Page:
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Study adds diabetes drug with anti-cancer effect to ovarian cancer treatment

May 20, 2015

Several recent studies have suggested that metformin, an established drug developed to treat patients with type II diabetes, may provide significant benefits, including increased survival, to patients being treated for advanced cancers. An analysis of combined results from these earlier studies found that metformin use was associated with a significant decrease in cancer risk, tumor burden and cancer mortality.

The University of Chicago Medicine is leading, with two other centers, a clinical trial that will compare the most effective current therapy for patients with stage 3 or stage 4 ovarian cancer against that same therapy plus metformin. To enroll in the trial, volunteers must have a presumed or confirmed diagnosis of ovarian, fallopian tube, or primary peritoneal carcinoma, but not diabetes.

The University of Chicago Medicine is leading, with two other centers, a clinical trial that will compare the most effective current therapy for patients with stage 3 or stage 4 ovarian cancer against that same therapy plus metformin. To enroll in the trial, volunteers must have a presumed or confirmed diagnosis of ovarian, fallopian tube, or primary peritoneal carcinoma, but not diabetes.  Diane Yamada, MD

"This is the first study of its kind in ovarian cancer," said trial director Diane Yamada, MD, professor of obstetrics and gynecology at the University of Chicago. "We think this is an exciting opportunity to find out if a safe, well-tested and inexpensive drug can significantly improve on our best current therapy. There is a strong biological rationale, a series of consistently encouraging results from observational studies, and a real need for better, cost-effective therapies for this type of cancer."

Studies performed at the University of Chicago and at the Mayo Clinic have independently found that ovarian cancer patients who happened to be taking metformin for their diabetes while going through cancer treatment had significantly better outcomes. In the Chicago study, 63 percent of patients taking metformin for their diabetes were alive five years later, compared with 37 percent of patients who did not have diabetes and 23 percent of patients who had diabetes but were not taking metformin.

"More and better treatments are needed," Yamada said. Ovarian cancer has the highest fatality rate of all the gynecologic malignancies. Although more than 80 percent of patients initially respond to treatment, the majority of women with advanced stage disease will suffer a recurrence.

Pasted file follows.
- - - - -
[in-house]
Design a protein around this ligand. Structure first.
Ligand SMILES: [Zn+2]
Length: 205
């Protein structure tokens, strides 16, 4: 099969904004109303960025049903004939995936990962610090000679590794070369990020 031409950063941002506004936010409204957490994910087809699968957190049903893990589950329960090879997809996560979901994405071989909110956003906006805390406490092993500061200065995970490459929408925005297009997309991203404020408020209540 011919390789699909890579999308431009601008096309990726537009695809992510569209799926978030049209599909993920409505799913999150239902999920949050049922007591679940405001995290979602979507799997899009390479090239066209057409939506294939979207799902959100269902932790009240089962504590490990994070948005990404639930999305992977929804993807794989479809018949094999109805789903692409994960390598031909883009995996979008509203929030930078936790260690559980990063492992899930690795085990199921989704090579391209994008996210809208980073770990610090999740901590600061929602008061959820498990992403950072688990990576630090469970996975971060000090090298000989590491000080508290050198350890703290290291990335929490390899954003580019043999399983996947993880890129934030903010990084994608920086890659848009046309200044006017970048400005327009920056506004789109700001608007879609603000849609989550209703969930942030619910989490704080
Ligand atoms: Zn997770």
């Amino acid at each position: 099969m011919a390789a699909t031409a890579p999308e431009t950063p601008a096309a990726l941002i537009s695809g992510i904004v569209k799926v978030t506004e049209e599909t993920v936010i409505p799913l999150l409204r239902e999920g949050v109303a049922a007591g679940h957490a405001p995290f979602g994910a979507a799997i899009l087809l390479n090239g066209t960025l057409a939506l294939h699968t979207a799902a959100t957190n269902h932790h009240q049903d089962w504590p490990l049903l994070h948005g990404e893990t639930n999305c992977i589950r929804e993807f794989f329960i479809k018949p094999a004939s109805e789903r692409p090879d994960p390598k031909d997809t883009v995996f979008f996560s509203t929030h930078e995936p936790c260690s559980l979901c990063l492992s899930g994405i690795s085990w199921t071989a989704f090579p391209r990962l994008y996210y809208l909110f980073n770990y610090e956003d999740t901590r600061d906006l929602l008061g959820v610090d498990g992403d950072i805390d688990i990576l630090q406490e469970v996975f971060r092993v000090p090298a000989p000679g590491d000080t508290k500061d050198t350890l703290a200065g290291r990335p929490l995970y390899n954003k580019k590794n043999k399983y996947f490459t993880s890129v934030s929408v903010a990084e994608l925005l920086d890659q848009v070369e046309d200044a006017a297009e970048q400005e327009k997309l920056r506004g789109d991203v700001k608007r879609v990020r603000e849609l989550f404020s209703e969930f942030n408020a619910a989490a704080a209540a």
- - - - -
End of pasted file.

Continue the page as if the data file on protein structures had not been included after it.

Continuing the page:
Laboratory studies suggest that metformin can inhibit tumor growth, alter the interaction between cancer cells and their immediate environment, and make tumor cells more sensitive to the chemotherapy used to treat advanced ovarian cancers.

Standard care for advanced ovarian cancer consists of the drugs carboplatin plus either paclitaxel or docetaxel and surgery to remove as much of the disease as possible.

In this trial, half of the patients will receive chemotherapy plus metformin, a pill, to be taken twice a day. The other half will take a placebo, a pill that looks just like metformin but contains no active ingredients. Once the chemotherapy is completed, patients in the trial will continue to take their pills, metformin or placebo, as maintenance therapy, for an extended period.

Neither the patients nor their physicians will know which subjects receive metformin and which subjects do not until the study is completed. The physicians will continue to follow patients in the study until the last subject enrolled has completed her metformin or placebo.

The medications being tested have been used extensively in ovarian cancer patients. They all have side effects. Common symptoms of carboplatin treatment may include fatigue, risk of infections and reductions in blood counts.

Paclitaxel has side effects similar to carboplatin, but can also cause allergic reactions, neuropathy and hair loss. Docetaxel's profile also includes fluid retention.

Metformin has fewer and milder side effects than these anticancer drugs, but it can cause indigestion, bloating, liver dysfunction and anemia. People with certain health problems, such as congestive heart failure or excessive alcohol use, cannot take this drug because of a higher risk for lactic acidosis. Volunteers with those problems will not be allowed to participate in this study.

The researchers hope to enroll a total of 160 patients at the three sites in the study. About 60 are expected to enroll at the University of Chicago, the primary site, and about 40 at each of the other two sites, the Evanston, IL, based North Shore University Health System, and the Mayo Clinic, based in Rochester, MN.

Study participants will not be billed for research-related expenses, such as the cost of metformin, but patients and their insurance companies will be responsible for the costs of usual medical care for ovarian cancer. This may include deductibles and co-payments.

To find more information or to enroll in this study, patients with suspected ovarian, fallopian tube or primary peritoneal carcinoma -- but not diabetes -- should email the care team at OvCaClinicalTrial@bsd.uchicago.edu, or, if they prefer, call (773) 702-3394.

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